# Square of arithmetic brownian motion process

We have an arithmetic Brownian motion process $X_t$ that follows $dX_t=\mu dt + \sigma dZ_t$ and we define the asset price $S_t=X_t^2$ and we are asked to find the stochastic differential equation that $S_t$ satisfies, as well as the density and distribution functions of $S_t$. The first part I accomplished through a straightforward application of Ito's lemma: \begin{align*} dS_t&=\left(\frac{\partial S_t}{\partial t}+\mu\frac{\partial S_t}{\partial X_t}+\frac{1}{2}\sigma^2\frac{\partial^2 S_t}{\partial X_t^2}\right)dt+\sigma\frac{\partial S_t}{\partial X_t}dZ_t\\ &=\left(2\mu X_t+\sigma^2\right)dt+2\sigma X_tdZ_t\\ \end{align*}

but the second part I am having more trouble on. We know that $X_t$ is normally distributed in that $X_t-X_0\sim N(\mu t,\sigma\sqrt{t})$, so I know from other classes that $S_t=X_t^2$ will follow some sort of $\chi^2$ distribution, however because $X_t$ has neither zero mean nor unit variance, $S_t$ ends up being a scaled noncentral $\chi^2$ distribution and the CDF and PDF are ugly at best (not to mention I'm pretty sure that the knowledge that the square of normal is $\chi^2$ is beyond the scope of this class).

Is there something wrong with my logic in going from $X_t\sim$ Normal to the distribution of $S_t$?

Your logic is fine $$X_t \sim \mathcal {N}(X_0+\mu t, \sigma^2 t)$$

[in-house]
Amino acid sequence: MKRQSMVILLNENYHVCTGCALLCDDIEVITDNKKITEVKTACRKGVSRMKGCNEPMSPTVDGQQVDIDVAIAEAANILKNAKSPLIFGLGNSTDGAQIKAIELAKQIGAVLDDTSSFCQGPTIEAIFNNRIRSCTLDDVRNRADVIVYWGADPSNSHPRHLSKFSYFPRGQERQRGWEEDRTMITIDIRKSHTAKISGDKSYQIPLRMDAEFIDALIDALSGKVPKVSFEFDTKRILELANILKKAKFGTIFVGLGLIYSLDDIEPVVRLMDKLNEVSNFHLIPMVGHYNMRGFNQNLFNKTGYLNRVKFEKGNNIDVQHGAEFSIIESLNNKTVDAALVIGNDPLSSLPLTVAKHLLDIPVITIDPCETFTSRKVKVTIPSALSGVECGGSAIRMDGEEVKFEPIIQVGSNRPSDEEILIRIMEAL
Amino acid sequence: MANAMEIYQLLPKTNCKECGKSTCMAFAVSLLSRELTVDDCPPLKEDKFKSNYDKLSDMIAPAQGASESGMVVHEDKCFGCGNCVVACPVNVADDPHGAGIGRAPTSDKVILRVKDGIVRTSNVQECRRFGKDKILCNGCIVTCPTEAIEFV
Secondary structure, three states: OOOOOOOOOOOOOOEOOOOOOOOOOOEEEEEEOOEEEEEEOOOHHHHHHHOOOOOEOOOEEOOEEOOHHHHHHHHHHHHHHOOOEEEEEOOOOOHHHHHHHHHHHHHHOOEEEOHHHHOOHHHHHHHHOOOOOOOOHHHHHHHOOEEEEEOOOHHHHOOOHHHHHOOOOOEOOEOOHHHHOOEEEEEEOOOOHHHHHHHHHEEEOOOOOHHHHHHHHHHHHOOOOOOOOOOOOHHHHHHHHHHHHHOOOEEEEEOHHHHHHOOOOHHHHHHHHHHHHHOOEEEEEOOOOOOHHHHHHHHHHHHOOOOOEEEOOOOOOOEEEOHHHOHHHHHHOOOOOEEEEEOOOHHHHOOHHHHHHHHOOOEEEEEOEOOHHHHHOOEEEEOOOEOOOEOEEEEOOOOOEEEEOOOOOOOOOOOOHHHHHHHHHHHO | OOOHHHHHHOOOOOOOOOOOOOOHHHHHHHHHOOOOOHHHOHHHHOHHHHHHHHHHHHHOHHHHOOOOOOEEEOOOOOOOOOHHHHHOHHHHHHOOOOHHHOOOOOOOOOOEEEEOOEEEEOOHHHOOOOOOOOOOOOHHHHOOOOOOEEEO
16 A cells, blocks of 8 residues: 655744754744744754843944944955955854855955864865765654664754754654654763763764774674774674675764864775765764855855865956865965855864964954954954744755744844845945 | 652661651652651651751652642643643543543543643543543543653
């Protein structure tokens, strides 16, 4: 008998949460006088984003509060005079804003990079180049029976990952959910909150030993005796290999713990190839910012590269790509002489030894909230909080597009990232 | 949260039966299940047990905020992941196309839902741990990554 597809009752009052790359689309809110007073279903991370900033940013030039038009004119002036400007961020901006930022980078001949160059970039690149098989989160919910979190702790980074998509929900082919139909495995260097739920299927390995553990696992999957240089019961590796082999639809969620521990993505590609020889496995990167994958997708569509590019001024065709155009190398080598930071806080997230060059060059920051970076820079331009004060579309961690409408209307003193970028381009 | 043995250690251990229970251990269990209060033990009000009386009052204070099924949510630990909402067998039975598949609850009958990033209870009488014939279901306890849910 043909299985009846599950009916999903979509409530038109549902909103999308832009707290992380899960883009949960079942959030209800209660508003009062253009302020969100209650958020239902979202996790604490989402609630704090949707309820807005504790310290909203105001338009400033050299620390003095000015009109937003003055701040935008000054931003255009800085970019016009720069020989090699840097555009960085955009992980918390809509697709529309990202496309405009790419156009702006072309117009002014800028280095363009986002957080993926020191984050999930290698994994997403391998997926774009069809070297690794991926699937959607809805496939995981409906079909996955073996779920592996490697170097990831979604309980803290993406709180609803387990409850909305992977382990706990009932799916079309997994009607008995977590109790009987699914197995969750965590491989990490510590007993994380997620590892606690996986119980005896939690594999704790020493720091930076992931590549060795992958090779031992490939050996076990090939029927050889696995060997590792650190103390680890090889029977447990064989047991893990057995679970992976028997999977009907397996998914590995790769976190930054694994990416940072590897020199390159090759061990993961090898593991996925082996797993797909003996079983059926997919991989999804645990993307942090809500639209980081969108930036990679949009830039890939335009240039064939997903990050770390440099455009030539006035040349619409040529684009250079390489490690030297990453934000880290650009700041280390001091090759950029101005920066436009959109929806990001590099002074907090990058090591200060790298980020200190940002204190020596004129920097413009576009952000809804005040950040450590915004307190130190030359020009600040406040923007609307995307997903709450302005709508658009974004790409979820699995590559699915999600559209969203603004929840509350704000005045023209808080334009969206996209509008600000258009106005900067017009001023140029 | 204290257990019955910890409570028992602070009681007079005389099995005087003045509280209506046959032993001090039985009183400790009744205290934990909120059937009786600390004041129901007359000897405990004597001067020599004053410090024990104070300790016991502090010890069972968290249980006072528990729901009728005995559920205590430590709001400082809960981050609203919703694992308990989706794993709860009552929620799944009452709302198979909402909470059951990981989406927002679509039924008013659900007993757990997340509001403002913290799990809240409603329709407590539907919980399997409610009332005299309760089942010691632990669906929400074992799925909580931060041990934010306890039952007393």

Thus, $\left (\frac {X_t}{\sigma\sqrt {t}}\right)^2$ indeed exhibits a non central chi-squared distribution

$$\left (\frac {X_t}{\sigma\sqrt {t}}\right)^2 \sim \chi^2\left(k=1,\lambda=\left (\frac {X_0+\mu t}{\sigma\sqrt {t}}\right)^2\right)$$

whence the law of $S_t := X_t^2$.

As regards the pdf/cdf of $S_t$, the key here is that there is only one degree of freedom, so no need to know the non central $\chi^2$ pdf/cdf by heart.

Actually, there is no need to know that its a chi-squared distribution to begin with.

Indeed, for any variable $X^2$ with support on $[0,\infty [$, the cumulative distribution function $F_{X^2}$ writes:

$$F_{X^2}(x) := P [X^2 \leq x]$$ which is equivalent to writing \begin{align} F_{X^2}(x) &= P [\vert X \vert \leq \sqrt {x}] \\ &= P [-\sqrt {x} \leq X \leq +\sqrt {x}] \\ &= F_X (\sqrt {x}) - F_X (-\sqrt {x}) \end{align}

Hence the relationship between the cumulative distribution function of $X^2$ and that of $X$.

Now differentiate the above equation with respect to $x$ to obtain the relationship between the probability density functions.

• Very good answer! – Ric Mar 29 '16 at 8:20